There are numerous coding options when it comes to reporting telehealth visits and others that are not the traditional face-to-face office visit.
There are numerous options when it comes to reporting visits that are not the traditional face-to-face office visit. This varies somewhat by payer, of course.
Medicare has temporarily relaxed some of the geographic and security/privacy restrictions on Telehealth visits – including the office visit codes. This will allow patients to call your office, and as long as there is some type of combined audio/video communication between the provider and the patient – these ‘visits’ can be billed with the 99201-99215 series codes, adding the 95 modifier.
For Medicare there are numerous options:
Office Codes (99201-99215)
The new visit codes to the extent the 1135 waiver requires an established relationship, HHS will not conduct audits to ensure that such a prior relationship existed for claims submitted during this public health emergency
Any new visit codes 99201-99205 would likely need to be coded based on time given the limitations of the exam. The established patient codes 99211-99215 could be billed by counseling time or by documenting the level of history and medical decision-making associated with a given code level.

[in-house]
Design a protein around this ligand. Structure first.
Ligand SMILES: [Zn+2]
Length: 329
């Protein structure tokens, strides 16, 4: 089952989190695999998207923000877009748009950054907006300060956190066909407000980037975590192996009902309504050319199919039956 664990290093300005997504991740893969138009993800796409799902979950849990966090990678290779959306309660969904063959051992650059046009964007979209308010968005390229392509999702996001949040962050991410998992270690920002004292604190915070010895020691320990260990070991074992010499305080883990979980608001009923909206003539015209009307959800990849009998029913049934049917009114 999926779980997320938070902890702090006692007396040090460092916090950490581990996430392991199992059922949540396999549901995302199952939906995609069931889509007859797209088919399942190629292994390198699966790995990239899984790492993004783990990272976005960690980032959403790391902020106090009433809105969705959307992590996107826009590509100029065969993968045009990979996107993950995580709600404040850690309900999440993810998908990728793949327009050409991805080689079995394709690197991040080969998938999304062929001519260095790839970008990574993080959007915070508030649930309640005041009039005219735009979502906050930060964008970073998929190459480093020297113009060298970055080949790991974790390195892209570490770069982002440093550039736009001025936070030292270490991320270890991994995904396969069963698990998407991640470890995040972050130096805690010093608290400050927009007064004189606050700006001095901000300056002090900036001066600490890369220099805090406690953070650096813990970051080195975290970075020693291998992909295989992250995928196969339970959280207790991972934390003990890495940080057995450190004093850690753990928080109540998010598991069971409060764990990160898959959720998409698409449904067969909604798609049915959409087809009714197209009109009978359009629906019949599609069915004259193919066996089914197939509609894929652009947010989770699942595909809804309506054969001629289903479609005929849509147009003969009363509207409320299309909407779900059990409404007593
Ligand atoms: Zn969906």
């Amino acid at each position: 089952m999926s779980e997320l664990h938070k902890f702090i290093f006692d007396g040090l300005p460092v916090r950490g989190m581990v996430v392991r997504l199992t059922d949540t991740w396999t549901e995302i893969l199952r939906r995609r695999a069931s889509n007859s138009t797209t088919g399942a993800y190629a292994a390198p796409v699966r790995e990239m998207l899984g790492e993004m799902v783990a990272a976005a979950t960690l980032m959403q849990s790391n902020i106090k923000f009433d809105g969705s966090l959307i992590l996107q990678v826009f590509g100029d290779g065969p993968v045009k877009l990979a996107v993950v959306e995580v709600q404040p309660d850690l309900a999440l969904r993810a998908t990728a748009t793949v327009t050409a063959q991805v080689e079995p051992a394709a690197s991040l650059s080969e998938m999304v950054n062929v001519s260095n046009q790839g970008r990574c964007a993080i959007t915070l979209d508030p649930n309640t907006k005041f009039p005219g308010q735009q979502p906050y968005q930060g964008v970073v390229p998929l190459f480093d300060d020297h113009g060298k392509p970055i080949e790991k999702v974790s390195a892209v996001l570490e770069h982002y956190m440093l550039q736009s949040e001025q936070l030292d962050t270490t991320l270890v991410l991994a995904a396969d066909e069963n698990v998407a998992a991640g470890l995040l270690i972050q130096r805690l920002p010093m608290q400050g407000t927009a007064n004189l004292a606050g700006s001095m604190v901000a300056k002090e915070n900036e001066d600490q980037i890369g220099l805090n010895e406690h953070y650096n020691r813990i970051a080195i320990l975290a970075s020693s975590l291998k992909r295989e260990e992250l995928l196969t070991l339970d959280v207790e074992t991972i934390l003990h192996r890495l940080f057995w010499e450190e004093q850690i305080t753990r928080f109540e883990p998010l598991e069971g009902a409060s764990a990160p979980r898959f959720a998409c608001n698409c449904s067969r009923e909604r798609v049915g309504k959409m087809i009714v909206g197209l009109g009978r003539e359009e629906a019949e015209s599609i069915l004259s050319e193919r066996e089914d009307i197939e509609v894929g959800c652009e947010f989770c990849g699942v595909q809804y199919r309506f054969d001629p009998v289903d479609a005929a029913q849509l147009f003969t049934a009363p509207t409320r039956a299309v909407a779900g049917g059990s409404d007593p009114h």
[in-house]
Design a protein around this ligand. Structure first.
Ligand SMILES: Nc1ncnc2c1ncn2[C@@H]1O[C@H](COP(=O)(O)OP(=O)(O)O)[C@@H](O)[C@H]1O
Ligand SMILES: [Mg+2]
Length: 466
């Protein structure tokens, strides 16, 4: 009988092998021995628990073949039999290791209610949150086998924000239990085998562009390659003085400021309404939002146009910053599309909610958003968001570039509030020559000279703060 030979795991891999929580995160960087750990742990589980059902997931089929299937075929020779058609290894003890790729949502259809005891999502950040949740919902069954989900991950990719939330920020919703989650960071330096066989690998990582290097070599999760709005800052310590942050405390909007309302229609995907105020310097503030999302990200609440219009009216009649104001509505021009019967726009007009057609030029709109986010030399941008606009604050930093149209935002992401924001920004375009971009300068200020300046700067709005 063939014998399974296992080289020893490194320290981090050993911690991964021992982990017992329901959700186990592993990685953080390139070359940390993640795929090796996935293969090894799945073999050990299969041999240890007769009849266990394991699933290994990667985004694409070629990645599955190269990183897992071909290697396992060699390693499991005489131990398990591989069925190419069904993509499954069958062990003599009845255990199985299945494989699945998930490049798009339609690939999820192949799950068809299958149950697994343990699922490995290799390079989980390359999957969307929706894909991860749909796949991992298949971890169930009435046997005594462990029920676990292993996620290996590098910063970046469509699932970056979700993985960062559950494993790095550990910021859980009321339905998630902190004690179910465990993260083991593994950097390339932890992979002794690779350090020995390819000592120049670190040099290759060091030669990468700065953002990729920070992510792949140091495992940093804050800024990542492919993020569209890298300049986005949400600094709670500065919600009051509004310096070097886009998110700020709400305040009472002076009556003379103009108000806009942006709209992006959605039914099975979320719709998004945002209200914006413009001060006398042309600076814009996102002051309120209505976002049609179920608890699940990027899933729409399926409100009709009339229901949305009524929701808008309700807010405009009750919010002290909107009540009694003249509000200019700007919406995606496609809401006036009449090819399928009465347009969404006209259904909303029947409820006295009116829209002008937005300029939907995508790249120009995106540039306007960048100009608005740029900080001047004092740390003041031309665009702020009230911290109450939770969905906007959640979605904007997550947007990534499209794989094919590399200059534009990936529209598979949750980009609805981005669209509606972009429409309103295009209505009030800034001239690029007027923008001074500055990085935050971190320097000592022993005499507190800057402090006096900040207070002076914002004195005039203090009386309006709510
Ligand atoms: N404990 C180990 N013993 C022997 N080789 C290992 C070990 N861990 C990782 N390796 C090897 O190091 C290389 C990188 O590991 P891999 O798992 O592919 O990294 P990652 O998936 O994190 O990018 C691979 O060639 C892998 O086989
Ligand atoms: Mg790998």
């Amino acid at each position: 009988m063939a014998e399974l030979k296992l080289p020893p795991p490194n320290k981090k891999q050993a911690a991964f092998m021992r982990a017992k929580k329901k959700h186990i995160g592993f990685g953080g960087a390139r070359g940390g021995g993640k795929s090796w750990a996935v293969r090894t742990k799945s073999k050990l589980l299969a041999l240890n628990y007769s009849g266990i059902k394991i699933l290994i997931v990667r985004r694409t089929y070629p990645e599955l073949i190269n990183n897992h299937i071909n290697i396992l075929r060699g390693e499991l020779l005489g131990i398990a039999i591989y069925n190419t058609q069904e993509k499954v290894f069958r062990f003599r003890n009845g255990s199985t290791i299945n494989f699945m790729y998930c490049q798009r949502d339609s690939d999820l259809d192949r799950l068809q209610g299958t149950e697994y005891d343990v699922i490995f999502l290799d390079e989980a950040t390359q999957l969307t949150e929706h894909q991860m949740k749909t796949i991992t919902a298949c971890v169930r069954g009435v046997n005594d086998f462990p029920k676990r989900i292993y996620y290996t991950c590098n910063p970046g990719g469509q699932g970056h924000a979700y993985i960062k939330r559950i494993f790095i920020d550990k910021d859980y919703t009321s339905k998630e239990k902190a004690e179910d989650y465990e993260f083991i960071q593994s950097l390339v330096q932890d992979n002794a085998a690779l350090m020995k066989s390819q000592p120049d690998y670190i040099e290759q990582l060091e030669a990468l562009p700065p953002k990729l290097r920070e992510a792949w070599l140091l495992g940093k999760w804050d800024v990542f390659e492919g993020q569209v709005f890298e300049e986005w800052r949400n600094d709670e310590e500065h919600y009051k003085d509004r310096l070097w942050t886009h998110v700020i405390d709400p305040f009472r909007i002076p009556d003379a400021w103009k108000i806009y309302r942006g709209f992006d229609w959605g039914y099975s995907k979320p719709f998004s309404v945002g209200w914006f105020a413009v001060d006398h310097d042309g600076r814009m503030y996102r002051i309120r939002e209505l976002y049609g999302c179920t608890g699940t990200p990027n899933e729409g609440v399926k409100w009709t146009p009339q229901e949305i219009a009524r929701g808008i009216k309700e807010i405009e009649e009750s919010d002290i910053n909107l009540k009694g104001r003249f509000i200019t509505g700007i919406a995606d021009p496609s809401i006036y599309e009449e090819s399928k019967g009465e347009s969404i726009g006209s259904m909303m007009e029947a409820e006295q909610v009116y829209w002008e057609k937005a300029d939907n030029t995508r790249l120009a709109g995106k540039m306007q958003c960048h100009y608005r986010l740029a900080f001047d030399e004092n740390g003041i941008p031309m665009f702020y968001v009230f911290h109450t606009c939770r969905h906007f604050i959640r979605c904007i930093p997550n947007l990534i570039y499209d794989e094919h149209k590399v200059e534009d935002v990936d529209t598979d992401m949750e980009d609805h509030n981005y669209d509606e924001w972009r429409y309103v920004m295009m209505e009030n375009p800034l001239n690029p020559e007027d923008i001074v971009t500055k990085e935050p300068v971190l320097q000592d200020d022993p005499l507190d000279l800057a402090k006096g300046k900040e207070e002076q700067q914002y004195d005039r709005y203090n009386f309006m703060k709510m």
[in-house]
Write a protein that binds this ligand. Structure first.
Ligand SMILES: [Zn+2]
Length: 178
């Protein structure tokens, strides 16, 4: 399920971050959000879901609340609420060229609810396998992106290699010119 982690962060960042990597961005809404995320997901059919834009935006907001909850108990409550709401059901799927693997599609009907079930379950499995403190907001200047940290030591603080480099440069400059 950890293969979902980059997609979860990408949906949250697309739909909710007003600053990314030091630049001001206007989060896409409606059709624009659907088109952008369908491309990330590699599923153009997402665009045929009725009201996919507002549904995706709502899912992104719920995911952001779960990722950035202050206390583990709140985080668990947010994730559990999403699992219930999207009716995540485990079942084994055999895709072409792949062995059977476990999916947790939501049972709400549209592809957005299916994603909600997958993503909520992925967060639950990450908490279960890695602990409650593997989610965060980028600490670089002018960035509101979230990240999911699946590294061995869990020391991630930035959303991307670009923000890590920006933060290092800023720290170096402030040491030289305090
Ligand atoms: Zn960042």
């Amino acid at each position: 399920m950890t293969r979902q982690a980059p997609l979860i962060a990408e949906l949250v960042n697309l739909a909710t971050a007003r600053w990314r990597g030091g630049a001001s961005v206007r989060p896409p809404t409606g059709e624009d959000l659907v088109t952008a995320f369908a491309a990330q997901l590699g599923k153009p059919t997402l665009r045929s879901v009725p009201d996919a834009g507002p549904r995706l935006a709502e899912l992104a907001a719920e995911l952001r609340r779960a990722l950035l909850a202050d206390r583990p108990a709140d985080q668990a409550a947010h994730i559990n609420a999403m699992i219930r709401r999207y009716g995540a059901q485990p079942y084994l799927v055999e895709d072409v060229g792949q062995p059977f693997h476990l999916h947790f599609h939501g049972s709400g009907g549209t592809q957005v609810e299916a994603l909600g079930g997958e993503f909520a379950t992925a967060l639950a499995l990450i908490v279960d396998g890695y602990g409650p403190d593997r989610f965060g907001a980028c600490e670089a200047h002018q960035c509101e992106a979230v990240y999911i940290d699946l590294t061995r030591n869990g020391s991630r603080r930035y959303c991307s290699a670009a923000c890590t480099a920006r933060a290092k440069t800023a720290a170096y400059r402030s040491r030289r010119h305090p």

Virtual Check-Ins (G2012)
A brief (5-10 minutes) check in with your practitioner via telephone or other telecommunications devise to decide whether an office visit or other service is needed. This is provided to an established patient, not originating from a related E/M service provided within the previous 7 days nor leading to an E/M service or procedure within the next 24 hours or soonest available appointment
Online digital E/M service, for an established patient, for up to 7 days, cumulative time during the 7 days. For Medicare these are:
For private payers and some Medicare Replacement plans, you can use:
Those are the mainstream codes to consider here. Reimbursement varies with the office visit codes typically paying the most. Go the websites for United Healthcare, BCBS, Aetna, CIGNA, Humana and others for specific policy changes.
To document your visit, be sure to note in your EHR the date, time and duration of the encounter. Also record the relevant history, and exam, decision-making and other management elements as you would any other visit.
Bill Dacey, MHA,MBA, CPC, is principal in The Dacey Group, Inc., a consulting firm dedicated to coding, billing, documentation, and compliance concerns for physicians. Dacey is a AAPC-certified coding instructor and has been active in physician training for more than 25 years. He can be reached at email@example.com.